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Jim Kenyon: D-H Should Consider Cutting From the Top

Published: 9/14/2016 12:16:26 AM
Modified: 9/15/2016 12:01:26 PM

In announcing last week that Dartmouth-Hitchcock will soon be laying off between 270 and 460 employees, CEO James Weinstein said, “Reductions at all levels of the organization will be considered.”

He might want to start in the medical center’s executive suites. It doesn’t take a brain surgeon to see that D-H is top heavy.

Valley News staff writer Rick Jurgens, who covers health care, was able to unearth salary information on D-H’s top executives by digging through the institution’s federal tax filings, which are public records. The compensation figures are from 2014, the most recent year available.

I now get why medical centers such as D-H charge $15 for an aspirin.

Exhibit A: Roddy Young, D-H’s vice president of communications and marketing, received a total compensation package of $347,030 in 2014.

His name might ring a bell for Dartmouth College-types, or maybe not. In June 2011, then-President Jim Yong Kim hired Young away from a Washington, D.C., communications firm to be the college’s vice president of communications.

Young, who was once the press secretary for NASA, lasted 10 months. Not even long enough to qualify for employee of the year.

In April 2012, Young headed off to D-H to fill a newly created position. Young told The Dartmouth, the college’s student newspaper, that D-H’s public affairs office lacked “one particular set leader.”

Previously, oversight of the marketing and communications department was shared among D-H’s executive vice president for strategy and network relations, the vice president of regional development and the vice president for government affairs. (See what I mean about top heavy?)

Apparently, the job was more than three VPs could handle. Much less leave it to the trio’s highest compensated, Stephen LeBlanc, the executive vice president for strategy and network relations. The guy pulled down only $871,786 in 2014.

Barely enough for LeBlanc to crack D-H’s top five, which was led by Weinstein’s compensation package of nearly $1.5 million. (The University of Vermont Medical Center in Burlington paid CEO John Brumsted nearly $1.7 million in 2014.)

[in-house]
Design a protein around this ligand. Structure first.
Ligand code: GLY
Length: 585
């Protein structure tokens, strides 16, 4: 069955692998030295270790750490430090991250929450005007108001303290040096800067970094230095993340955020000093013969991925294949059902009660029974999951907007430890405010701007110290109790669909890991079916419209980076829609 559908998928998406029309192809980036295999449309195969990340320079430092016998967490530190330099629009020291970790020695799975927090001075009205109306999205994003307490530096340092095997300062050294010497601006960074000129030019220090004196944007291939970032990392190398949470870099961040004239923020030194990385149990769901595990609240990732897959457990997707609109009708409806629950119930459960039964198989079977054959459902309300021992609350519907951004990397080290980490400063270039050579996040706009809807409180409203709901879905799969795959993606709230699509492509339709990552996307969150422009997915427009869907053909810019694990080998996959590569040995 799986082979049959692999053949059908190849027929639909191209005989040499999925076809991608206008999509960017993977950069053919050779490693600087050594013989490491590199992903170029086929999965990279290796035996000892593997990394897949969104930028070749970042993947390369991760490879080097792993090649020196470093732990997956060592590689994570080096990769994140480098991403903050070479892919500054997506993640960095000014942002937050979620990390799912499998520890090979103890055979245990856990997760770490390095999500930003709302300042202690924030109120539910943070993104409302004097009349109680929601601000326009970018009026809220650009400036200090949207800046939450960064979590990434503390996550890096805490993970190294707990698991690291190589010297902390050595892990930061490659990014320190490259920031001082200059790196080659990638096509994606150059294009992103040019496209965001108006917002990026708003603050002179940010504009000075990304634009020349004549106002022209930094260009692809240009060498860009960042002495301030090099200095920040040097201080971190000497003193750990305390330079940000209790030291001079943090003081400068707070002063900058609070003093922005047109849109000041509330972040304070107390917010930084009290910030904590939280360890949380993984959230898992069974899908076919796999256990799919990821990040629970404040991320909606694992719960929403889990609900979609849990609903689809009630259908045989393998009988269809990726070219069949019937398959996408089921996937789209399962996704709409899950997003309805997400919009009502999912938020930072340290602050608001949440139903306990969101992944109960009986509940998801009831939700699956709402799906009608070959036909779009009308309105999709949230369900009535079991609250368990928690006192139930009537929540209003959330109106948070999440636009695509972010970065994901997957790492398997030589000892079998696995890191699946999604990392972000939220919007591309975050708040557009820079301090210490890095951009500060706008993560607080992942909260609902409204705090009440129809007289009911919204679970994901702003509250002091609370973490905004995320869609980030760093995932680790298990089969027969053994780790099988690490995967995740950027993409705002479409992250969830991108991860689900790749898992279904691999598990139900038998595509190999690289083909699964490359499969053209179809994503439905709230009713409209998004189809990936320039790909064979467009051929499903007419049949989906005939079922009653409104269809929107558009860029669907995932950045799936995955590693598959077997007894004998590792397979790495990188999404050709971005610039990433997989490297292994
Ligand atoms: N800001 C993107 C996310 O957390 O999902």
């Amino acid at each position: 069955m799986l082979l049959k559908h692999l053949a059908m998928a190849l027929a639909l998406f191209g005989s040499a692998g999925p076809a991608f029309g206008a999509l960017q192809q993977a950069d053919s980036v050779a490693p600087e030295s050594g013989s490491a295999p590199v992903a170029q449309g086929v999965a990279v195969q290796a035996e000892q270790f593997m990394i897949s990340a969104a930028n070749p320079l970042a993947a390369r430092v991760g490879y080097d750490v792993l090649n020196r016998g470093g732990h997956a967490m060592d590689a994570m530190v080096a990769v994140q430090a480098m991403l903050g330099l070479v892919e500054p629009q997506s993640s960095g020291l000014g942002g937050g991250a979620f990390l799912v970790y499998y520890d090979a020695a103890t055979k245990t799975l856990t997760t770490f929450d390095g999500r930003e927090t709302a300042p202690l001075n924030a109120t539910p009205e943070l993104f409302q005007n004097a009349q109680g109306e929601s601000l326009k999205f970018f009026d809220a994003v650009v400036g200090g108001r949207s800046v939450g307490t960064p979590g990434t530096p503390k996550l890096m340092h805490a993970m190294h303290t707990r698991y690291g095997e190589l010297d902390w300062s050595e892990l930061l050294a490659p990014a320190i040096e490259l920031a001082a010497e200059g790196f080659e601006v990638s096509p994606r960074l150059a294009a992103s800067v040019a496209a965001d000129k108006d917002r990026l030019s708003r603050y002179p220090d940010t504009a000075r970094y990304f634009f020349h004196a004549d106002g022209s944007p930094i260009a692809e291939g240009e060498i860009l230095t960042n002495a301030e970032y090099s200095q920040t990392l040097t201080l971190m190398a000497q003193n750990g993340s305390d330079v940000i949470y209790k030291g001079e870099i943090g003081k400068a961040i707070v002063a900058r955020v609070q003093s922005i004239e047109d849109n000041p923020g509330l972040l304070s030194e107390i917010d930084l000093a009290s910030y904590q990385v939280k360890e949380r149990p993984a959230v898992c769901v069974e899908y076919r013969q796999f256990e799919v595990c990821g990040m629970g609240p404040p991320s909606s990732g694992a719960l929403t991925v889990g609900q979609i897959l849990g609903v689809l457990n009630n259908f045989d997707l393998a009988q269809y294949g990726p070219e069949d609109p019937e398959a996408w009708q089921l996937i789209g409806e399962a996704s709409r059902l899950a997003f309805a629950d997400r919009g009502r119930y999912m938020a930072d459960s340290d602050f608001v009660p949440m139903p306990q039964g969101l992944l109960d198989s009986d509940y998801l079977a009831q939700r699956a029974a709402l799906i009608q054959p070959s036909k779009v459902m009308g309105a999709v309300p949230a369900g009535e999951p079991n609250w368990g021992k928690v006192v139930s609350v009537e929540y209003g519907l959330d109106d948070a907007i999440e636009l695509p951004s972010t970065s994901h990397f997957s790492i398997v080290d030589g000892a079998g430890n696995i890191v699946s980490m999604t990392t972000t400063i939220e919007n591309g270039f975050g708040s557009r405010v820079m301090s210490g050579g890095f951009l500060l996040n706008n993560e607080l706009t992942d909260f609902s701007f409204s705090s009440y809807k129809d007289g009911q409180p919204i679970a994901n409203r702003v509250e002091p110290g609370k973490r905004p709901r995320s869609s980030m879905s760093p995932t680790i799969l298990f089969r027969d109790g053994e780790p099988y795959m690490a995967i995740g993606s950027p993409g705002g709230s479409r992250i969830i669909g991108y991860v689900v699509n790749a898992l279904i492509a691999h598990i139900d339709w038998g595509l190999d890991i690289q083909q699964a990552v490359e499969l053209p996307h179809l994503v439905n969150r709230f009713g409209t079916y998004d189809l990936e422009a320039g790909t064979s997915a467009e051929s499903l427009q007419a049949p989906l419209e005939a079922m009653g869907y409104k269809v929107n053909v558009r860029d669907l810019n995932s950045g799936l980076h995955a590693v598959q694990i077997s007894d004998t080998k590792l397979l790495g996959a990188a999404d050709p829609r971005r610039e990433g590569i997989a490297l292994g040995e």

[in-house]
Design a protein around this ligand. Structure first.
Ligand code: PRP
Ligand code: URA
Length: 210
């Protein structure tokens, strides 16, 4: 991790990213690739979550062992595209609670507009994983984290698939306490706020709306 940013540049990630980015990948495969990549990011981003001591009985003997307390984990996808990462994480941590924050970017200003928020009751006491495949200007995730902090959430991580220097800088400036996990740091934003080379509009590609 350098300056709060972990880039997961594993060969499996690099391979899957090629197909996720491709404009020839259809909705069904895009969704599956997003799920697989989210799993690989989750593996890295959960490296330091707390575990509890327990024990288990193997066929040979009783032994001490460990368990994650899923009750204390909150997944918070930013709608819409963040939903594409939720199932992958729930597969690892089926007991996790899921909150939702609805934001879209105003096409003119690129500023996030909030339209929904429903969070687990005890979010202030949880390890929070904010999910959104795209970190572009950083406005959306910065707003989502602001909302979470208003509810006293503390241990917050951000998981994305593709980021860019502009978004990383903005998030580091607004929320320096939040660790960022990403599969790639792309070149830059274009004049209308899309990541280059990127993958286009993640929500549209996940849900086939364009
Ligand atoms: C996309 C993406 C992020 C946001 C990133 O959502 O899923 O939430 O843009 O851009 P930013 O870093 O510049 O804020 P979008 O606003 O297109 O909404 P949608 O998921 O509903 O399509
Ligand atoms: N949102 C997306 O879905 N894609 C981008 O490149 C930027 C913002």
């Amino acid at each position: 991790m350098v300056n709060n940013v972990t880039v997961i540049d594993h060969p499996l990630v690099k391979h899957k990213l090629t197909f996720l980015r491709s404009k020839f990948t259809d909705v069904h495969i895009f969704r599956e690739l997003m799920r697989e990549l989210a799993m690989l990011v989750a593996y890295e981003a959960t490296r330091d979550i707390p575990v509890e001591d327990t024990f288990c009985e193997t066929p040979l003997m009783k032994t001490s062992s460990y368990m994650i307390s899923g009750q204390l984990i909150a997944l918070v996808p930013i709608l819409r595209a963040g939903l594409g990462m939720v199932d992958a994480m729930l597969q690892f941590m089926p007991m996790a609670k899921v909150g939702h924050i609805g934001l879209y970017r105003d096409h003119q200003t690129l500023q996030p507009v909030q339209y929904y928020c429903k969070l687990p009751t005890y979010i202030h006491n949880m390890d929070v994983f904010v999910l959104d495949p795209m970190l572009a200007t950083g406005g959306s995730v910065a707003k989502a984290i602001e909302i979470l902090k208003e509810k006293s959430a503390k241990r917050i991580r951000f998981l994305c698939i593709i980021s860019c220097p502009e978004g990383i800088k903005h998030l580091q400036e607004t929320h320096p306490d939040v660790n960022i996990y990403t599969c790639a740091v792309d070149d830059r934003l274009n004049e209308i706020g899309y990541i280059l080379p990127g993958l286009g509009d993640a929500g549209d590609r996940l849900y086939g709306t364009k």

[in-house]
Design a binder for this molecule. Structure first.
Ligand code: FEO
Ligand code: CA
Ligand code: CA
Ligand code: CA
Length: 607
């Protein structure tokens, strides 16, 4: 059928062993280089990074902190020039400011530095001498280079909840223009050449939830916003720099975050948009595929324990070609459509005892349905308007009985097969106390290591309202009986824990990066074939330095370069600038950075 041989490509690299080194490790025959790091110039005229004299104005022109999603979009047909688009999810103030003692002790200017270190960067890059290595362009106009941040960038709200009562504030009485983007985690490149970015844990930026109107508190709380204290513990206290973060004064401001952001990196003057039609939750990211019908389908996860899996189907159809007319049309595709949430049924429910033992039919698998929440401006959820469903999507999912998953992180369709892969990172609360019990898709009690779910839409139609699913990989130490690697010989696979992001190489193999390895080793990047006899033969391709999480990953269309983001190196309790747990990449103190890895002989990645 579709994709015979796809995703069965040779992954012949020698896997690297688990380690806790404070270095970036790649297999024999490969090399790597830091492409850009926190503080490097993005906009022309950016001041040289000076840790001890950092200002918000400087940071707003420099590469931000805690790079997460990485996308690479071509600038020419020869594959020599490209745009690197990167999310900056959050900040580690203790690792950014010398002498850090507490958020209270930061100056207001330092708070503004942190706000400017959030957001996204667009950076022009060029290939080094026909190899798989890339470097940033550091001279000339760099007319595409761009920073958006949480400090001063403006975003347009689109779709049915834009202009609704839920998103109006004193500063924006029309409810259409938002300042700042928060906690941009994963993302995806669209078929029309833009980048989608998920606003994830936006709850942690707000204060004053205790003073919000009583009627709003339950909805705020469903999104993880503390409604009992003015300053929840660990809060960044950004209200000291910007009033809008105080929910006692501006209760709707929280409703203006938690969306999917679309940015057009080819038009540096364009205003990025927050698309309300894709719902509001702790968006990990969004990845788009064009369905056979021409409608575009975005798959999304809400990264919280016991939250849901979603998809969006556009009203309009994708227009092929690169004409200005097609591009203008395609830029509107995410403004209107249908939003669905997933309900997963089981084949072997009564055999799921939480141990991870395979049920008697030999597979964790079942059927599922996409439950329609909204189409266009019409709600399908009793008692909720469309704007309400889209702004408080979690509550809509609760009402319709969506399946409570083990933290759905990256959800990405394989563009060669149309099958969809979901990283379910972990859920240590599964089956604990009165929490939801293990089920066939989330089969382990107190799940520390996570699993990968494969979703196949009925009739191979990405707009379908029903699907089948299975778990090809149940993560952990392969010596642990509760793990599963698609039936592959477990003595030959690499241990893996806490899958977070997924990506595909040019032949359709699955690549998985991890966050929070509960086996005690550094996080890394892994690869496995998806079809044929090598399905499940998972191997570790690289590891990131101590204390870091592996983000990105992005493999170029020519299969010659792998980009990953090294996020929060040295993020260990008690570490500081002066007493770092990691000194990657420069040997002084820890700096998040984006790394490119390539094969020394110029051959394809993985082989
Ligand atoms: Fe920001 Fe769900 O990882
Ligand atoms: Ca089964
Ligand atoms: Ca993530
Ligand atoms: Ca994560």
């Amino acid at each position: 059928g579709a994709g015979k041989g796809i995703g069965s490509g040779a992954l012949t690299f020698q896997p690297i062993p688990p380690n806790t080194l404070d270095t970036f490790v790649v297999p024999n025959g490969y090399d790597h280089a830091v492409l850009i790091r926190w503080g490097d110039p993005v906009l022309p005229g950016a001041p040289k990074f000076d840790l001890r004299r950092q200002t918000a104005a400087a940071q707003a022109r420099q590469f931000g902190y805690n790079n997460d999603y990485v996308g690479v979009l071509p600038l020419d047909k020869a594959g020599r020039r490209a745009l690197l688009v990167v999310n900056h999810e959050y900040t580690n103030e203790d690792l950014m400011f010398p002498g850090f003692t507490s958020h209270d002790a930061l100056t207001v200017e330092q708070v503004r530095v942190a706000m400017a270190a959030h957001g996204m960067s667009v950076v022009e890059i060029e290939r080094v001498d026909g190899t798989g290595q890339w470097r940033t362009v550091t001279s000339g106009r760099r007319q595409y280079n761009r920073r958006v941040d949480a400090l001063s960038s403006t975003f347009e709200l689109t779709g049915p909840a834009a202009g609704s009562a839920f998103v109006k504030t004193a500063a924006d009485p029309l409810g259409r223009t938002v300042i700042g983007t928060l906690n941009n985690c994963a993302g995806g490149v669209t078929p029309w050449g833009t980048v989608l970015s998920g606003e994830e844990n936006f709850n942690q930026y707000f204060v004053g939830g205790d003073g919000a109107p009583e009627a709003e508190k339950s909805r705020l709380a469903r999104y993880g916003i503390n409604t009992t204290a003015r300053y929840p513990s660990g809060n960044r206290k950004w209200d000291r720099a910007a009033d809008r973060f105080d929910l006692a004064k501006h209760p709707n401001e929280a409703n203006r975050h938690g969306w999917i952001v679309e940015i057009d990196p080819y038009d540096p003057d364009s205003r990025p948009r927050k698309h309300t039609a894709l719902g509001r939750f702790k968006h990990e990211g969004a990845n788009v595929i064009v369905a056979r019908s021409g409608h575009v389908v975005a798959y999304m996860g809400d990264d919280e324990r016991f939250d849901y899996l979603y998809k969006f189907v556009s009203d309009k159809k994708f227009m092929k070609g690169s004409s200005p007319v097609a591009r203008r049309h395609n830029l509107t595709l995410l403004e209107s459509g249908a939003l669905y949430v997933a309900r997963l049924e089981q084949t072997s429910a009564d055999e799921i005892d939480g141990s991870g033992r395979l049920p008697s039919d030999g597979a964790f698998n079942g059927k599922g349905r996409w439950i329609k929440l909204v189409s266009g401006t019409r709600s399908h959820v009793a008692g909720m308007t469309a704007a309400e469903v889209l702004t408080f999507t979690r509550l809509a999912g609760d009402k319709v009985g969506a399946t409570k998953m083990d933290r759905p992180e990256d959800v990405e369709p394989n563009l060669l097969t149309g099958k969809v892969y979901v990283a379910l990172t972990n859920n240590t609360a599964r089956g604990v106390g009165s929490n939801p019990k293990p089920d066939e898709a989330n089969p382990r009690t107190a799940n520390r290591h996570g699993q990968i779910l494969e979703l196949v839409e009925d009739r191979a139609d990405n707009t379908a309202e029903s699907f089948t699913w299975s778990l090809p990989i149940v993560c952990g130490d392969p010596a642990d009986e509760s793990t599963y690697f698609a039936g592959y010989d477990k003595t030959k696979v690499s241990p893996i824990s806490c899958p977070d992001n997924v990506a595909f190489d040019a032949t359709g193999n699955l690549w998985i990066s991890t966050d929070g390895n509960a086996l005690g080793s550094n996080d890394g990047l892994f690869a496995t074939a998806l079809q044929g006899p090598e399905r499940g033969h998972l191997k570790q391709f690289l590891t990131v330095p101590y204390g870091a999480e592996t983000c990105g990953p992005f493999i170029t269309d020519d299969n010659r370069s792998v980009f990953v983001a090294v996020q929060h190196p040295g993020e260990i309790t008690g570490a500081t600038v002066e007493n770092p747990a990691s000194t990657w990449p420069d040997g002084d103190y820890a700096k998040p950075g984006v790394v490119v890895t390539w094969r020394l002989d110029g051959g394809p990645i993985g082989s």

Weinstein and Brumsted are both physicians, which helps explain the rationale for paying them the big bucks.

But I can’t quite figure out why D-H needed to give its chief innovation officer a $695,000 compensation package in 2014, or for that matter, what a chief innovation officer does.

“For me, innovation is a lot of asking questions: Why not? And: How could we? It’s about asking how you optimize what you have,” Terry Carroll, D-H’s chief innovation officer, explained (sort of) on the medical center’s website.

I’ve got a question: Where do you sign up for one of D-H’s mega-salary jobs?

I’m guessing it’s at the human resources office, where the head of the department, John Malanowski, earned $501,209 during his first year in Lebanon. Malanowski came out of the corporate world, serving as vice president of human resources for diaper-maker Kimberly-Clark.

Malanowski was among 23 D-H administrators and physicians who cracked the half-million dollar mark in 2014.

I don’t have a problem with D-H paying its docs top dollar. They tend to put in long hours caring for patients, after going through years of training at relatively low pay.

To put it another way, they’ve earned it.

Time and again in recent years, I’ve heard stories about
D-H physicians, nurses and other care providers who are being asked to do more with less.

D-H, with its 9,200 employees, has long enjoyed a reputation as a top-flight medical center. But I’m beginning to wonder if the institution’s best days are behind it.

Last month, D-H announced it had discovered a $23 million deficit in the fourth quarter that put them in the red for the fiscal year that ended June 30. For a health care system with an annual $1.6 billion budget that’s not reason to panic.

What I find more alarming is the departure of some of
D-H’s leading physicians, including Norris Cotton Cancer Center Director Mark Israel, who is leaving at the end of this month. Israel, who spent 14 years at the helm, hasn’t said publicly why he’s leaving.

But it begs the question: Are D-H’s top docs losing faith in management?

On Monday, I stopped by the three-story brick building in the Centerra office park where D-H stashes its overflow of administrators. The building, which D-H leases, includes a stone fireplace in the lobby that I guess is meant to give it a ski lodge feel.

In a brief conversation, D-H spokesman Rick Adams reiterated what Weinstein said last week about the pending layoffs: Everything is on the table.

To get a better idea of how many people D-H has in upper levels of management, I asked Adams for an organizational chart.

He shrugged a bit, before saying that he’d see what he could find.

“This is a large institution,” he said. “There are a lot of bosses.”

I never did get the chart, but in an email on Tuesday, Adams reminded me that Carroll, the chief innovation officer, had left D-H last year, and won’t be replaced.

He also took exception to my suggestion that D-H is “top heavy” with management. “Our executive leadership mirrors the roles that are benchmarked as industry-standard among health care organizations,” Adams wrote.

Industry standards, huh? Maybe it’s time to summon back the innovation guy who specializes in asking questions with one eye toward making changes.


Jim Kenyon can be reached at

Valley News

24 Interchange Drive
West Lebanon, NH 03784


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